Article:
El Dia de Los Muertos


Small (3.0" x 4.0")

Jordan Clarke

Sydney, Australia

  • Product
  • Product
  • Available
  • Artist
  • Artwork Comments 51

Sizing Information

3.0" x 4.0"


  • Removable, individually die-cut vinyl
  • Ideal for smooth flat surfaces like laptops, journals, windows, etc.
  • 1/8th of an inch white border around each design

- Reviews


Cases & Skins


Artist's Description

Hand drawn and rendered…

Saint Death (also known as La Santísima Muerte, and Doña Sebastiana), is a religious figure who receives petitions for love, luck, and protection. Although the Catholic Church has attacked the worship of Saint Death as a pagan tradition, many people insist on praying to this figure for miracles. Those who pray to this figure are often seeking the recovery of health, stolen items, or kidnapped family members.

Saint Death is often depicted as a female figure, dressed as a grim reaper with a scythe and scales; also she can be dressed in a long white satin gown and a golden crown. In this form, many devotees view her as a variation of the Virgin Mary.
Some believe the cult of Saint Death originated from ancient witchcraft; however, Saint Death may have his/her roots in pre-Christian beliefs of the Aztec Native Americans who worshiped a similar figure by the name of Mictlantecuhtli, the god of death, along with his wife, Mictecacihuatl.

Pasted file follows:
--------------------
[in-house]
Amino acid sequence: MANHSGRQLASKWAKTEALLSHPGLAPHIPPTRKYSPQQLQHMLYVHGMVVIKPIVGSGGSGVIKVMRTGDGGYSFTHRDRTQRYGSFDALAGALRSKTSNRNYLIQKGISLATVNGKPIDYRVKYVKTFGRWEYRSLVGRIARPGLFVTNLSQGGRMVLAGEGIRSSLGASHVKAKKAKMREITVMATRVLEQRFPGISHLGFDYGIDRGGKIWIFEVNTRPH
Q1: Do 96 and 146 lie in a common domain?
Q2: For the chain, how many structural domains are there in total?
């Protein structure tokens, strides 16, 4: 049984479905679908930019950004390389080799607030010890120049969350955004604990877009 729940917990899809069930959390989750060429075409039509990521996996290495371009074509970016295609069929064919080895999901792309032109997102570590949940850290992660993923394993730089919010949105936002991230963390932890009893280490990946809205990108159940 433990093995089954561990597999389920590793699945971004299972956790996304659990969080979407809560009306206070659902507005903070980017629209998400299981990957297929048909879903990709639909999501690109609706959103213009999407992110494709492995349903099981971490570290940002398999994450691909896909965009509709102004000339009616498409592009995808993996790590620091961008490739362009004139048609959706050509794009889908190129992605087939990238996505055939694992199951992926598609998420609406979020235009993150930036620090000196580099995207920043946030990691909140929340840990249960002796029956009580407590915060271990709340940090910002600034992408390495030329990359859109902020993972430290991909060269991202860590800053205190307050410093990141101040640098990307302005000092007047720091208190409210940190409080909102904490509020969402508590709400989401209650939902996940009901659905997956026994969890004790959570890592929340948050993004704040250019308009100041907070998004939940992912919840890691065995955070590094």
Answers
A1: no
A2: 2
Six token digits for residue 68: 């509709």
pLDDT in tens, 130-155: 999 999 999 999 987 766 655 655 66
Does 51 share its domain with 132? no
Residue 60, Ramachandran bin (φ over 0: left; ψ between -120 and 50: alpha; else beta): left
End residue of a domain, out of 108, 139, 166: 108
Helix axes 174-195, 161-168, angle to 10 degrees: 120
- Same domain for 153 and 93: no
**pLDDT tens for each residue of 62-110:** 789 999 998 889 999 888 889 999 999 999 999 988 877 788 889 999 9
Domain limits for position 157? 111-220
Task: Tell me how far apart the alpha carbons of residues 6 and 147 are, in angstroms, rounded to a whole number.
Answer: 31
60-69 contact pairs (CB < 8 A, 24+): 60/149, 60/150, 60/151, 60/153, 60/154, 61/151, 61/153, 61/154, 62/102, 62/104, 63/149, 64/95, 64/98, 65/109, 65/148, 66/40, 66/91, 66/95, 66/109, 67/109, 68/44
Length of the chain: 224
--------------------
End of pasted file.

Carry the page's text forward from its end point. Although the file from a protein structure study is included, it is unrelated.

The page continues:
The Day of the Dead (El Día de los Muertos in Spanish) is a holiday celebrated mainly in Mexico and by people of Mexican heritage. Family and friends gather to pray for and remember friends and relatives who have died. Many people believe that during the Day of the Dead, it is easier for the souls of the departed to visit the living.

During the period most people visit the cemeteries where their loved ones are buried and decorate their graves with ofrendas, or offerings, often including orange marigolds called “cempasúchitl” (now usually called “Flor de Muerto” (“Flower of the Dead”)). These flowers are thought to attract souls of the dead to the offerings.

A common symbol of the holiday is the skull (colloquially called calavera), which celebrants represent in masks, and foods such as sugar skulls, which are inscribed with the name of the recipient on the forehead. Sugar skulls are gifts that can be given to both the living and the dead. Some people believe that possessing “dia de los muertos” items can bring good luck. Many people get tattoos or have dolls of the dead to carry with them.

The artist recommends a lighter colour tee for maximum detail. A darker tee will hide the black line work.

Artwork Comments

  • purelydecorative
  • purelydecorative
  • Paul Vanzella
  • Belinda Leopold
  • willowweepforme
  • ozlat
  • Sema
  • fatfatin
  • tcups
  • zomboy
desktop tablet-landscape content-width tablet-portrait workstream-4-across phone-landscape phone-portrait
desktop tablet-landscape content-width tablet-portrait workstream-4-across phone-landscape phone-portrait

10% off

for joining the Redbubble mailing list

Receive exclusive deals and awesome artist news and content right to your inbox. Free for your convenience.